A remarkable series of photographs taken by a noted surgeon who served with the ANZAC Corps at Gallipoli in 1915 will be among the key features of a new exhibition that will travel throughout Australia this summer and fall. “A Camera at Gallipoli” will feature 39 photographic images taken by Sir Charles Ryan in the Dardanelles during 1915 providing “a real insight into the dry forbidding landscape, exhausted troops in trenches, squalid dugouts, the horrendous task of burying the dead,” according to War Memorial Director Dr. Brendan Nelson.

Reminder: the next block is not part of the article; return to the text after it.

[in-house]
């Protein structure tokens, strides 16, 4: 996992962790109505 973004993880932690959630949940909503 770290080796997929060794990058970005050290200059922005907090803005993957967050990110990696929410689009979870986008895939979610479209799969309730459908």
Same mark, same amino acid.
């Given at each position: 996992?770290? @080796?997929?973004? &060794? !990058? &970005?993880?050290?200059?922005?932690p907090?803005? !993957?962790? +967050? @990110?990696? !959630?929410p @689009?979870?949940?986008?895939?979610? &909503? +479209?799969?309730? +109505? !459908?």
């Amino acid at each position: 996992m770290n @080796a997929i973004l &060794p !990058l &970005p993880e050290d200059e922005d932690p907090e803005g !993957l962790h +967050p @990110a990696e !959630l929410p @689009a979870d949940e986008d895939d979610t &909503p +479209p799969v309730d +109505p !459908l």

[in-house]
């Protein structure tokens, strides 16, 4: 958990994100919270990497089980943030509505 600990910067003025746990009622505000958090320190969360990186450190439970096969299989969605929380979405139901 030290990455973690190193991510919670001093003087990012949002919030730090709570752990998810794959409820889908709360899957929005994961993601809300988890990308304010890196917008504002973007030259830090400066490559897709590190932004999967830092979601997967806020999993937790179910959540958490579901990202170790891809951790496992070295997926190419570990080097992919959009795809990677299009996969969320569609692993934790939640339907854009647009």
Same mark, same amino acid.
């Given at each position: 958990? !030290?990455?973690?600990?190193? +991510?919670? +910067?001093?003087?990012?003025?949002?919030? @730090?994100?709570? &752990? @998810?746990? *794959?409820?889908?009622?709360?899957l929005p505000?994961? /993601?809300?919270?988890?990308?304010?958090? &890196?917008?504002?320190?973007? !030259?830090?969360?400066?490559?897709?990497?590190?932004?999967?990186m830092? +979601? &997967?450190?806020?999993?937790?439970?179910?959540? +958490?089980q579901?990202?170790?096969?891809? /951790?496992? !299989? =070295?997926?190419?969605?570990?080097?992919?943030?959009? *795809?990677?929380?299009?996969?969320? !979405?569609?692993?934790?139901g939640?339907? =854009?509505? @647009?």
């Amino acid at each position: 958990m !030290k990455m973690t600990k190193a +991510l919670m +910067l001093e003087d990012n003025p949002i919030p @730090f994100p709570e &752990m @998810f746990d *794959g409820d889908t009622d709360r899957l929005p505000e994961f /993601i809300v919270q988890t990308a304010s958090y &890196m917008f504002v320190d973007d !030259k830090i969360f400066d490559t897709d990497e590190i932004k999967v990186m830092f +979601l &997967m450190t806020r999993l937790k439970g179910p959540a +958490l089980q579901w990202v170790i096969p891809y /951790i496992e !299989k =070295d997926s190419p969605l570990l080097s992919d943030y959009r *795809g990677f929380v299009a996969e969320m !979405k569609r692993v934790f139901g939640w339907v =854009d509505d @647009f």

The exhibition will be displayed in multiple formats – both framed images traveling to some 30 locations around Australia, as well as a digital version that will be accessible to the public in another 70 locations.
The Gallipoli Campaign of 1915 saw the first major participation by troops from Australia and New Zealand in the First World War, and did much to shape national identity in the context of the war. In addition to ANZAC soldiers, British, Indian, and French troops participated in the abortive campaign, the objective of which was to gain access to Constantinople with the hope of forcing the Ottoman Empire out of the war.
For more information on the Australian War Memorial’s traveling exhibition “A Camera at Gallipoli”, see The Daily Mail story here.